I began pursuing a viewing of this film after I watched Roland Joffé’s later effort The Mission with Robert De Niro and Jeremy Irons. I didn’t intend for today to turn into a marathon of Warner Brothers war films about imprisonment with John Malkovich as supporting actor, but that’s what happened, because I decided on using the hideous Warner snapper cases as my method of determination for what to watch today. It will change with my next film, but it was a curious pattern all the same. Malkovich, though, as the name I saw in the cast credits that drew me closer to the film, as native Cambodian Haing S. Ngor–though winner of Best Supporting Actor for this role–was an unknown quantity, and Sam Waterston I continue to identify most strongly with Law and Order, unfairly relegating him to that lower gate of “television leading man,” usually meaning a sort of rubber ceiling on dramatic acting ability–it’s passable, even believable, but not impressive.
Sam Waterston here, though, is not a prosecutor but real journalist Sydney Schanberg, accompanied by photojournalist Al Rockoff (Malkovich) and guided by Cambodian native Dith Pran. The film begins in 1973, as the United States’ involvement in Vietnam is beginning to spill over into Cambodia, though there are serious attempts to keep it secret. Schanberg and Pran sneak into the town of Neak Leung, which American forces bombed (allegedly by accident, I make no claims in support or against this, and while the film opens the door to this being a story, it does not come down hard as claiming such a thing) and attempt to document the occurrence, including the hundreds of dead and wounded civilians. The military, personified primarily by Major Reeves (Craig T. Nelson) brings in the press corps to show them a less bloody and violent version of the town so as to “sanitize” the story for the American public’s consumption.
Schanberg, Pran and Rockoff are next seen two years later in 1975, with the Khmer Rouge invading the capital, seemingly peacefully. Schanberg finds this suspicious and has arranged for the evacuation of Pran and his family, sending them off with international diplomats to the U.S. Pran, however, chooses to stay behind and help his friend Sydney to cover the events occurring in Cambodia. They are all arrested by a detachment of the Khmer Rouge, witnessing multiple executions in their custody before Pran is able to negotiate their release, leaving them to seek refuge in the French Embassy under the advice of fellow journalist Jon Swain (Julian Sands). The embassy is ordered to turn over all Cambodian civilians, with an undercurrent of threat to the lives of said natives, leaving Rockoff and Schanberg to try desperately to cobble together a fake passport for Pran in what is possibly the most tense and dramatic scene of photo development ever put to, well, film.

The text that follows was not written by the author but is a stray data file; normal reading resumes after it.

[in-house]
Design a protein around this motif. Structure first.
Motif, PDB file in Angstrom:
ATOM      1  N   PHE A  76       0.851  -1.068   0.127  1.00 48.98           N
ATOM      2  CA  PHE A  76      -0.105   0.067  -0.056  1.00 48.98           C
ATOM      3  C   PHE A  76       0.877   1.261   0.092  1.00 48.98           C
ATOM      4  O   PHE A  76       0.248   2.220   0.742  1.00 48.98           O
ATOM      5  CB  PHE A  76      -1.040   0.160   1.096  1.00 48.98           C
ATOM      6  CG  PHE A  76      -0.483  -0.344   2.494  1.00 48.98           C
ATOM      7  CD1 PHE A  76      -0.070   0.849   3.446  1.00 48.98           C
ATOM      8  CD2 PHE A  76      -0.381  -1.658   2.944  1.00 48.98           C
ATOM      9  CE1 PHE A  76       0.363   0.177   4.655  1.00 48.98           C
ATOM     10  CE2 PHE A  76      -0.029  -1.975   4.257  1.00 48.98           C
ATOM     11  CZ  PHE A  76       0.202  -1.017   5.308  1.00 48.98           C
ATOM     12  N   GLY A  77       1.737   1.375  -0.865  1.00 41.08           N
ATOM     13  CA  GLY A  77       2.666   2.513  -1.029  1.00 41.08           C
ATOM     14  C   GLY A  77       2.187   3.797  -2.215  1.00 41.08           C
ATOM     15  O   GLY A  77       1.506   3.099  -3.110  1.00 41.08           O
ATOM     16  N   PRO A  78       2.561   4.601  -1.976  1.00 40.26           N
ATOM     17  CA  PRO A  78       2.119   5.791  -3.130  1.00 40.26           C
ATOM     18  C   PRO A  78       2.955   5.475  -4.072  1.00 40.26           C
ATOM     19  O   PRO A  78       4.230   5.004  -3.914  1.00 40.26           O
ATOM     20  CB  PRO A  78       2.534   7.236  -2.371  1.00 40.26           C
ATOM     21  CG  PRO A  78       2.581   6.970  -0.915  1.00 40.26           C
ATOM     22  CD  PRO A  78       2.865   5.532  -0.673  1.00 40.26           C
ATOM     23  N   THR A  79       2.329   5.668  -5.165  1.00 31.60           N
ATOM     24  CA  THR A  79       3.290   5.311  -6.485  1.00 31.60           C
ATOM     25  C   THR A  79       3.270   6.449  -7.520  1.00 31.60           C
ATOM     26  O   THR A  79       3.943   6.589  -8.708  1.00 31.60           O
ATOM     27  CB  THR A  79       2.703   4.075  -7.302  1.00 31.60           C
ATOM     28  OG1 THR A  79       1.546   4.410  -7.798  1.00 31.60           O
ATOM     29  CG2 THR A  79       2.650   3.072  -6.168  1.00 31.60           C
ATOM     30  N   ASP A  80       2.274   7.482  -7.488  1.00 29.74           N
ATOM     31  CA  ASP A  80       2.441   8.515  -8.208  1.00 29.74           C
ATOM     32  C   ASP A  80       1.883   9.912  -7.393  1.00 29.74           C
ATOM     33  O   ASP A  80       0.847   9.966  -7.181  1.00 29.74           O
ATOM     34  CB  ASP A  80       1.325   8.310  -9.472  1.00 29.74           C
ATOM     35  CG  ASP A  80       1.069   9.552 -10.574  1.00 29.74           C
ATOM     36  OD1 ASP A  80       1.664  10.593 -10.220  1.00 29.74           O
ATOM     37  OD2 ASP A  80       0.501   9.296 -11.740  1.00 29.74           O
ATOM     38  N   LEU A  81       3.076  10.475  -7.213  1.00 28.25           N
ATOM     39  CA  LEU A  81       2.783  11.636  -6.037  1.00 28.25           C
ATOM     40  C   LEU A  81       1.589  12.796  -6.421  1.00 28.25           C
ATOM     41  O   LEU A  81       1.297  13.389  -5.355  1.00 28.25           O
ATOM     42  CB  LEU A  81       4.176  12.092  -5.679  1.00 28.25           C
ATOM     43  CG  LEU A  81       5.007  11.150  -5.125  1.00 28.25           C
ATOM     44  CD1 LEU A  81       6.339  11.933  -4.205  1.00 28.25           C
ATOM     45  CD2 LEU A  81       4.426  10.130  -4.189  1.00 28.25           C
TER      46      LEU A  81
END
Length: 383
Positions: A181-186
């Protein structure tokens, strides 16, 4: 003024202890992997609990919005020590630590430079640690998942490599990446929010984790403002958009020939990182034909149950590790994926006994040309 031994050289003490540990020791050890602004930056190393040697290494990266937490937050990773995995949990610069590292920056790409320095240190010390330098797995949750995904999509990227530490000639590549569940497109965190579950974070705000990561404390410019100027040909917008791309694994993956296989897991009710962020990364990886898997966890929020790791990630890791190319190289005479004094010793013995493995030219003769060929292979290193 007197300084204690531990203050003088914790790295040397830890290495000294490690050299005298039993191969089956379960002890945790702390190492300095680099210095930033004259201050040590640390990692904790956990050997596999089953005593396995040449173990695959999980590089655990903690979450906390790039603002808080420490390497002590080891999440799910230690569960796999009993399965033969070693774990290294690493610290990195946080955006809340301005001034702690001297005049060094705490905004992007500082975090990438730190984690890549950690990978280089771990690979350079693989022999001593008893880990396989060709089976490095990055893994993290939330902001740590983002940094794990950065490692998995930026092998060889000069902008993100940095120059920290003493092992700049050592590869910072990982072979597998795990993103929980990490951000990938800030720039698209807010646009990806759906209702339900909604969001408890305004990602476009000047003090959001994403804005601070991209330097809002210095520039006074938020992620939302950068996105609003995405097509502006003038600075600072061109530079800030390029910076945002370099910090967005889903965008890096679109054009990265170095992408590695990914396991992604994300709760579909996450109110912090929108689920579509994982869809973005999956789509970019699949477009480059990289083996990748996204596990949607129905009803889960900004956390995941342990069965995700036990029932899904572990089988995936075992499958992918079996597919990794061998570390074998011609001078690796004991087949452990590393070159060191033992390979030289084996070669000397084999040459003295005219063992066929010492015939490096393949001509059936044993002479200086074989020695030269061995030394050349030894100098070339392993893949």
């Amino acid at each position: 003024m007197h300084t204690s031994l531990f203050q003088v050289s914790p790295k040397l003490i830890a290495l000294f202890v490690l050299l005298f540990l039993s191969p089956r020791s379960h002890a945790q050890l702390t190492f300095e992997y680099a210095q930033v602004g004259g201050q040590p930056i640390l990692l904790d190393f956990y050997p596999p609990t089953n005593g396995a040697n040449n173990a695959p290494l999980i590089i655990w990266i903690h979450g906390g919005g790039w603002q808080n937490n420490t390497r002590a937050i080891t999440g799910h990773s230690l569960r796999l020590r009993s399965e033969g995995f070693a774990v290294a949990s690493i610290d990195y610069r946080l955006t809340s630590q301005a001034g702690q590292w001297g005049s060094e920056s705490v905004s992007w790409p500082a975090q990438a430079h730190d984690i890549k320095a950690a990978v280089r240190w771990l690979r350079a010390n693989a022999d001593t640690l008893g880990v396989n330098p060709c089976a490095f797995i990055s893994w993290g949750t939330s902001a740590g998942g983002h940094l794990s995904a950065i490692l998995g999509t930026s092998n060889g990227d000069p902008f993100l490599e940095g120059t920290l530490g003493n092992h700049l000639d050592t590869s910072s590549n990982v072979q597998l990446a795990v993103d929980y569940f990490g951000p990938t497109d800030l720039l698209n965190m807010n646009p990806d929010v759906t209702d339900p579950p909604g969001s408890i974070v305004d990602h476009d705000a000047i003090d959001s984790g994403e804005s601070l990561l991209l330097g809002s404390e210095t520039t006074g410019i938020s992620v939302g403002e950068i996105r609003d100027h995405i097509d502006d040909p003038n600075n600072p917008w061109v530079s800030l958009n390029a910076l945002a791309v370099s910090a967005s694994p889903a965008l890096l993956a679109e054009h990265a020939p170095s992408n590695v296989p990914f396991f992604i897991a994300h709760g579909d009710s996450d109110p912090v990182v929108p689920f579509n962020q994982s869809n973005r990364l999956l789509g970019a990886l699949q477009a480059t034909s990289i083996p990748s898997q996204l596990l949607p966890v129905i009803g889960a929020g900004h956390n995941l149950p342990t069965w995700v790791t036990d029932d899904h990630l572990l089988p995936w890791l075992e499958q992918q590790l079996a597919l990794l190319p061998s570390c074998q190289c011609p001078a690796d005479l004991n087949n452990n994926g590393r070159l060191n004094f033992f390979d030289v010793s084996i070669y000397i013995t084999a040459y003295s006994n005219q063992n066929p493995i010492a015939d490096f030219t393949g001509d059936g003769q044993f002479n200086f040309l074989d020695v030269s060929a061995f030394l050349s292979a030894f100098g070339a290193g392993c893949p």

Pran is found out, however, and spends much of the rest of the movie experiencing what is referenced in the title of the film–the Killing Fields of the Khmer Rouge regime, where anyone suspected of any ties, whatsoever, to the previous government is mercilessly executed and buried in shallow mass graves.
Certainly the subject matter here is important, and nothing can be said to suggest it is not, unless it is said by a heartless, full-blooded misanthrope or racist. Being neither, my only concern or question is why events like this one and leaders like Pol Pot go seemingly unacknowledged for their atrocities when the name Hitler is reeled out as the consistent hyperbolic example of pure evil in humanity. I don’t mean to say that the acts of the Nazi government in Germany were not horrific or were “lesser,” but rather, why do we seem to feel these other events are beneath mention or remembrance–at least in comparison? There are genocides everywhere, constantly, and some of them truly horrific, yet, at least the American society I live in, seems to feel that there are only a few acts worth mentioning, and only the Germans suffer the stigma of their past, where the other countries seem not to. This puzzles me as it always has; Native Americans are barely mentioned, as are Japanese internment camps, both those made by the Japanese (as I just saw in Empire of the Sun) and the ones FOR the Japanese(-Americans) stateside–Stalin, Pol Polt, Idi Amin, so on and so forth, yet in this country it seems that only slavery and the Holocaust are to be so fully remembered. They should be remembered, without a doubt, but so should these other events. But, I digress–as always.
Joffé’s element seems to be the exploitation, enslavement and murder of indigenous peoples if these two excellent films are to be considered examples of his work, and I would certainly suggest these choices if I were him. Waterston burns with a fire and passion I didn’t know he had in this film, torn to pieces by his anger at the coverups and atrocities that surround him, as well as the guilt he feels at his inability to save his dear friend Pran. Ngor more than deserved his Oscar for his performance as Pran, pulling in our sympathies easily, conveying thoughts and feelings through a language that is not his native one, and showing subtleties even experienced actors don’t always seem to exhibit–and this was his first role! Malkovich takes on a more moral role, and a less commanding one than in Empire of the Sun and shows the strengths of his craft as always.
An excellent film, and a good, strong contender in a year of good, strong films. But then, perhaps I just like to think 1984 was a year of exceptional quality.